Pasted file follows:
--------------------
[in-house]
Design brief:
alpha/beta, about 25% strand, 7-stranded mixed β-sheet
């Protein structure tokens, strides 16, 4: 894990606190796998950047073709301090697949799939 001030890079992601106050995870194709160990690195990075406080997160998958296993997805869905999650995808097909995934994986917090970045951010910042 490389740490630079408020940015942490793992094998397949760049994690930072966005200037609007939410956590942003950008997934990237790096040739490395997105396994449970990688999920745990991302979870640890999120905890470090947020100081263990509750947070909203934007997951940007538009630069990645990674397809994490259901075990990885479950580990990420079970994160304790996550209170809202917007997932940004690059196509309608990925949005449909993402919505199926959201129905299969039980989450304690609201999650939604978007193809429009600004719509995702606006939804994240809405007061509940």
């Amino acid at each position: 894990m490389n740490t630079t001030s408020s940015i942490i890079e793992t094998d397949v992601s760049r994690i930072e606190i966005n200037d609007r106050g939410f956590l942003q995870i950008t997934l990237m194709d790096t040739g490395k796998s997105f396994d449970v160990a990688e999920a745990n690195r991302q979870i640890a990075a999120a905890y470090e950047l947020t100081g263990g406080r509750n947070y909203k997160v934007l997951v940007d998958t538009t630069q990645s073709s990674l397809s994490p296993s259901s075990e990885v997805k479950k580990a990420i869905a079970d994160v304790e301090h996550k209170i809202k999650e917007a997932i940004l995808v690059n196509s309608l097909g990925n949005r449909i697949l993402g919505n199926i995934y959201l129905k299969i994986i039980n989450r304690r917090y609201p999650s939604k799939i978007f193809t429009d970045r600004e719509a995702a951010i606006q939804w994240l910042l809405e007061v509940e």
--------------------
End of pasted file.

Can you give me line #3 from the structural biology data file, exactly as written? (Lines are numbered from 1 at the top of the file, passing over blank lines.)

alpha/beta, about 25% strand, 7-stranded mixed β-sheet